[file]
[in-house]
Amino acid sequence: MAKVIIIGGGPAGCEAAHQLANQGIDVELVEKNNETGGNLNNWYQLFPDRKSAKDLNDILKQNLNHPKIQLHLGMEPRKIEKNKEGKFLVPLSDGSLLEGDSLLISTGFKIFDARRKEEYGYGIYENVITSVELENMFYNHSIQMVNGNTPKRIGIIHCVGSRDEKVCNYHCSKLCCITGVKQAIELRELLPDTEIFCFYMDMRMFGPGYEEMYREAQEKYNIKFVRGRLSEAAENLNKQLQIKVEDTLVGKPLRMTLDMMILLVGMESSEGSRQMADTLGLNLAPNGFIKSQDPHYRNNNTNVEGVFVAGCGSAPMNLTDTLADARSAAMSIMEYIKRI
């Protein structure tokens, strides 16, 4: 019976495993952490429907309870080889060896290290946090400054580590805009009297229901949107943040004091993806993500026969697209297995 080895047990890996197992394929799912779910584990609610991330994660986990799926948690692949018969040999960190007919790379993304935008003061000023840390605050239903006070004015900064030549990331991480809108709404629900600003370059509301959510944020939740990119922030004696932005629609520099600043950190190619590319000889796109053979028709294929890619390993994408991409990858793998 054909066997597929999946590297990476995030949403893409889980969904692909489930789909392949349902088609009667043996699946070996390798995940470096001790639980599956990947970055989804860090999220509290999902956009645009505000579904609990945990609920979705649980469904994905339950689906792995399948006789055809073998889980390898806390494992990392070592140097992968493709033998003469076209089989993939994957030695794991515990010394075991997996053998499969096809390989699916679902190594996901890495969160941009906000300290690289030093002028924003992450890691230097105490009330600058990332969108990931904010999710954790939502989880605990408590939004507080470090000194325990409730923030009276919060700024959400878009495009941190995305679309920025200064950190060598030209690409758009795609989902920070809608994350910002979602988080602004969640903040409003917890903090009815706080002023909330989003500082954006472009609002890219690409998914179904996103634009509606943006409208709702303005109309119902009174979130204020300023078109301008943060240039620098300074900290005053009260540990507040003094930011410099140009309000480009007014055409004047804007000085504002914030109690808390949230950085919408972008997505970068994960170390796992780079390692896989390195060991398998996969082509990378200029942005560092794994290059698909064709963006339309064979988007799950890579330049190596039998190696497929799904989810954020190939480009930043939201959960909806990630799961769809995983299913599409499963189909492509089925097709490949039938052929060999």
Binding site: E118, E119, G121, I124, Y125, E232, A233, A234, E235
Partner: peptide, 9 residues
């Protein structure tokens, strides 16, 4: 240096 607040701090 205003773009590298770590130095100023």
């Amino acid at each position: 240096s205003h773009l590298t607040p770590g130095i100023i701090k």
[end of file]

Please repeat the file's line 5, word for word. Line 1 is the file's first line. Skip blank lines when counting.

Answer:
Partner: peptide, 9 residues